Quality statement 3 - Risk–benefit analysis

Whenever an opioid analgesic is considered for a patient with acute pain, their risk of opioid-related harm is assessed. An opioid analgesic may be prescribed when other analgesics are not clinically feasible or sufficient, and the potential benefits outweigh the potential harms.

Purpose

To ensure that analgesia is optimised, and that the appropriate assessment of risk factors is completed and documented to identify the need for specific risk-modification strategies.

For consumers

If you have acute pain and might benefit from an opioid analgesic medicine, your clinician will ask questions to consider the benefits for you and to check your risk of harm from using these medicines. They will ask what pain medicines you are already taking or have used before. Sometimes an opioid analgesic may not be prescribed, because it is not the best medicine to treat your acute pain or there is a possibility of serious harm from the medicine. Opioid-related harm ranges from less serious effects such as nausea and vomiting, itchiness and constipation, through to severe problems such as an inability to stay awake or difficulty in breathing, which may be life-threatening. Long-term harms include dependence and addiction.

Before a surgical procedure, your clinician will ask you questions to determine your risk of harm if opioid analgesics are prescribed after your surgery. Some medicines increase the risk of side effects of opioid analgesics. It may be necessary for you and your clinician to consider reducing or stopping these medicines if opioid analgesics may be required.

If your surgery is planned (elective) and you are already taking opioid analgesics, your clinician may advise reducing your opioid analgesic dose in the lead up to the surgery. This can improve your recovery and increase the options available for managing your pain after surgery.

For clinicians

Identify and document avoidable, modifiable risks of harm if opioid analgesics are prescribed for a patient with acute pain, using appropriate assessment tools where possible.

Patients from some vulnerable groups may be at increased risk of opioid analgesic-related harm. These include older people, infants and children, pregnant and breastfeeding patients, patients with a disability, patients with unstable adverse social circumstances, patients with psychological comorbidities, and patients with substance use disorders.

Patients cannot be reliably assessed for risk of respiratory depression (OIVI). Older age is one risk factor commonly reported as being associated with an increased risk of respiratory depression (OIVI). Follow best practice recommendations for appropriate doses of immediate-release opioid analgesics in older people, such as Therapeutic Guidelines and Acute Pain Management: Scientific evidence.

Other risk factors include chronic opioid analgesic use, chronic sleep-disordered breathing, chronic obstructive pulmonary disease, diabetes, hypertension, hepatic or renal impairment, neurological diseases and obesity.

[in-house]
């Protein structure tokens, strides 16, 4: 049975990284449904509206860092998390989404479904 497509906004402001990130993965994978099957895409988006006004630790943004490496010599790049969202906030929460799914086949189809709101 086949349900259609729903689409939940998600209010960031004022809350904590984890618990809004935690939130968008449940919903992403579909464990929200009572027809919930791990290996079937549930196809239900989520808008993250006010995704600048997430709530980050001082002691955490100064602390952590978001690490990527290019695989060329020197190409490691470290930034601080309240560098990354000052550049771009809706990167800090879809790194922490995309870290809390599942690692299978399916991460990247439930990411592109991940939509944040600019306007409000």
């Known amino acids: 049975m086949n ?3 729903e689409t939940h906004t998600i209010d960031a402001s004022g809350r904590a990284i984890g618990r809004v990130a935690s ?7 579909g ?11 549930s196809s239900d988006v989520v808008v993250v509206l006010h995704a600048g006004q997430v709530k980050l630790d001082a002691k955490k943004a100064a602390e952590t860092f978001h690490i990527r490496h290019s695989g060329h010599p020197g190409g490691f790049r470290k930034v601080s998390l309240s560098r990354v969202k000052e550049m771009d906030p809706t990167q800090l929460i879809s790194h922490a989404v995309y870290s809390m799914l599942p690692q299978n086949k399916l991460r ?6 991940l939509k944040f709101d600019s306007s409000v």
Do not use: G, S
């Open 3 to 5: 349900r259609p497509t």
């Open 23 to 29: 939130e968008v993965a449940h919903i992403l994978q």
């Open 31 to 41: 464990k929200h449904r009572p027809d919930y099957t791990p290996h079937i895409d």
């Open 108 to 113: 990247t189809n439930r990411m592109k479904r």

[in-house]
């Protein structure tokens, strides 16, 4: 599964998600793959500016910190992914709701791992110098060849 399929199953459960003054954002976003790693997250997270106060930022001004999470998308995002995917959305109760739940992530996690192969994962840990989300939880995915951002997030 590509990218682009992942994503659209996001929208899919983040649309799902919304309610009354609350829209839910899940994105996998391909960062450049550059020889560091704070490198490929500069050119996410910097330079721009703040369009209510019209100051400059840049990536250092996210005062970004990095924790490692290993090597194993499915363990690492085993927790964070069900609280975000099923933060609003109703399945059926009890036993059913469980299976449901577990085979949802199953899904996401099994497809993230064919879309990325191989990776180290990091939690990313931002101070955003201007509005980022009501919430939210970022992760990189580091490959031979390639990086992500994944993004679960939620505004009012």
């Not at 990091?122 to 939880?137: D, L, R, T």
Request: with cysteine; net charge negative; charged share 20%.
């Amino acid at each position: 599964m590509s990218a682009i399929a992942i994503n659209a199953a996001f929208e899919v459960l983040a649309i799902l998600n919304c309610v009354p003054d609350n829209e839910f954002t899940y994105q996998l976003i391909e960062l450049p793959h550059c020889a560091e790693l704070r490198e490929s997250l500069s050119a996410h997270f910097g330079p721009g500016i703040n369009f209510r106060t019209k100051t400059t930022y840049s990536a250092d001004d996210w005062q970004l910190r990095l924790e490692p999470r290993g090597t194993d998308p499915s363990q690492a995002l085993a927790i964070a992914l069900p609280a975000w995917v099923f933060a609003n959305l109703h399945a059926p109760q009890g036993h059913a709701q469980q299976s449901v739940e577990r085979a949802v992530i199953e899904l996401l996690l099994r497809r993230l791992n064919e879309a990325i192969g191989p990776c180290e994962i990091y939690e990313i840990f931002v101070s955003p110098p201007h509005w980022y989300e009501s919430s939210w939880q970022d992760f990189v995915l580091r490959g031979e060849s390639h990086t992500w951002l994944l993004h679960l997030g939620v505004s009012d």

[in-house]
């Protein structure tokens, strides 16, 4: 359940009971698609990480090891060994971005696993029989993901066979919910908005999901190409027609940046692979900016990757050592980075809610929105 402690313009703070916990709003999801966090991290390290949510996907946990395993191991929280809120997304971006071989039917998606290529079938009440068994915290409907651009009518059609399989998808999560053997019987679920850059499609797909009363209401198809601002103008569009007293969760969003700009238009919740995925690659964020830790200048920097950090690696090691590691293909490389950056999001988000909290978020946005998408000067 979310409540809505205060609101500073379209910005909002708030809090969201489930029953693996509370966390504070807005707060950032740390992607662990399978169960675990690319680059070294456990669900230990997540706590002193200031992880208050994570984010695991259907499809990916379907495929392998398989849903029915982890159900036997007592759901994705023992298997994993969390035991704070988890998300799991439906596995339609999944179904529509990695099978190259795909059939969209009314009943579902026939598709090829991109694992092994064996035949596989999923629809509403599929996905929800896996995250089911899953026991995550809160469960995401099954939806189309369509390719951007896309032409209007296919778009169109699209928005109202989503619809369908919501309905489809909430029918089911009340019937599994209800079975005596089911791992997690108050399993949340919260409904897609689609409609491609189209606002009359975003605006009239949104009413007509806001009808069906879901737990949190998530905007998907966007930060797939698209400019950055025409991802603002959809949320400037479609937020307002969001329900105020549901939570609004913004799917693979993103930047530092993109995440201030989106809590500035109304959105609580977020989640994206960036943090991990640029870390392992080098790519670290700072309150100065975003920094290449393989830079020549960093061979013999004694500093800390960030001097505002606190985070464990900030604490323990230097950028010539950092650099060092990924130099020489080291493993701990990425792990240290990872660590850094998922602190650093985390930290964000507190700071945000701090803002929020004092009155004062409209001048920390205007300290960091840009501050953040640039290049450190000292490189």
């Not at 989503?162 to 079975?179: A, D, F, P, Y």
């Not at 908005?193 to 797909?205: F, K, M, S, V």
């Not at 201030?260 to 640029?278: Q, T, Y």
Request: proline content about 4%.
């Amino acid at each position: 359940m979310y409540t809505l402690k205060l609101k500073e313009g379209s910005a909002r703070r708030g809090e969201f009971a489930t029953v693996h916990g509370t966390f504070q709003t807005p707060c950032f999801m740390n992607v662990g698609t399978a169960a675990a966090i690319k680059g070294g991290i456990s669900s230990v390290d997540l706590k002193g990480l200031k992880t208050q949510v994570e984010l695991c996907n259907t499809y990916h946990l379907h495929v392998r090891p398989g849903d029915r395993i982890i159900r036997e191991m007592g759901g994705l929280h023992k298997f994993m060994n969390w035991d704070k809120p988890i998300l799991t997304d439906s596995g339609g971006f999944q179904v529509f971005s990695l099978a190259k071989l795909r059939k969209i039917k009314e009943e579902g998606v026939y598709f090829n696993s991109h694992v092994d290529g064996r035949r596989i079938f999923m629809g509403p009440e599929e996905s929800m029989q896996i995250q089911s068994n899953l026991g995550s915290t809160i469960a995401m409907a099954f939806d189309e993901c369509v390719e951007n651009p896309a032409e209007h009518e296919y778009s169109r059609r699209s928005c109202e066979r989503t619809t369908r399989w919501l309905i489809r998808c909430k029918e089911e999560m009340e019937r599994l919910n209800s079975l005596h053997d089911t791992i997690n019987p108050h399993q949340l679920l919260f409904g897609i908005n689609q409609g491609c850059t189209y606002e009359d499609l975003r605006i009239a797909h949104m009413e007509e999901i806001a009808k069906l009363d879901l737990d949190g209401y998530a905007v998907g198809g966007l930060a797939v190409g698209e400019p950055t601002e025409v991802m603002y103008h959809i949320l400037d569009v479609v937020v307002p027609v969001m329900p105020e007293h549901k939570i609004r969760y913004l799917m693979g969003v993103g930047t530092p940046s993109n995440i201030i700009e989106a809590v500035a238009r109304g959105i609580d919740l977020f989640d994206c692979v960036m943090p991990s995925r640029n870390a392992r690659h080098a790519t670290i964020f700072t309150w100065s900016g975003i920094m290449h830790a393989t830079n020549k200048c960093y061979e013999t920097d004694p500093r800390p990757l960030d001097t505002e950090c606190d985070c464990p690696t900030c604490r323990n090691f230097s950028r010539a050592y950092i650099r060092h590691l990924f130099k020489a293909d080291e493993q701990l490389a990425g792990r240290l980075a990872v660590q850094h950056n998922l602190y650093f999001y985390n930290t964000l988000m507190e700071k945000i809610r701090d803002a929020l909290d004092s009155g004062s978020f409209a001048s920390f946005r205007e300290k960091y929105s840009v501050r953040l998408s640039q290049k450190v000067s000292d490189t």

Modifiable, avoidable risk factors for sedation and respiratory depression (OIVI) include:

  • Use of more than one opioid analgesic at a time
  • Use of modified-release oral and transdermal opioid analgesics
  • Use of continuous opioid analgesic infusions
  • Continued administration of opioid analgesics to treat pain that is not responding to opioid analgesics
  • Co-administration of central nervous system (CNS) depressants such as benzodiazepines and other sedative hypnotics, barbiturates, gabapentinoids, alcohol and recreational drugs.

Establish the patient’s opioid status and existing opioid analgesics in their possession before prescribing opioid analgesics for acute pain. Access Real Time Prescription Monitoring tools or the Prescription Shopping Program to obtain information on use of other medicines that cause sedation and respiratory depression (OIVI), to inform shared decision making before giving or prescribing opioid analgesics.

For non-opioid naïve patients taking opioid analgesics prior to a planned or elective surgery or procedure, if time allows, slowly reduce opioid analgesics according to recommendations outlined in the current best practice guidelines. For patients identified to be at increased risk of opioid-related nausea and vomiting after surgery, consider opioid-sparing treatments or alternatives to opioid analgesics to manage their acute pain.

For health service organisations

Ensure systems are in place for clinicians to assess and document avoidable, modifiable risk factors before a decision is made to prescribe an opioid analgesic.

Ensure systems are in place for clinicians to establish a patient’s opioid status before prescribing opioid analgesics to treat the patient’s acute pain.

Ensure policies and processes are in place to provide clinicians with access to appropriate tools, such as a real time prescription monitoring system (where available) or the Prescription Shopping Program, to identify and assess patients at risk of harm from CNS depressants before opioid analgesics are given or prescribed to treat the patient’s acute pain.

Related resources

Real time prescription monitoring systems:

  • QScript (Queensland)
  • SafeScript NSW (New South Wales)
  • SafeScript (Victoria)
  • Canberra Script (Australian Capital Territory)
  • DORA (Tasmania)
  • ScriptCheck (South Australia)
  • Electronic Recording and Reporting of Controlled Drugs (Western Australia).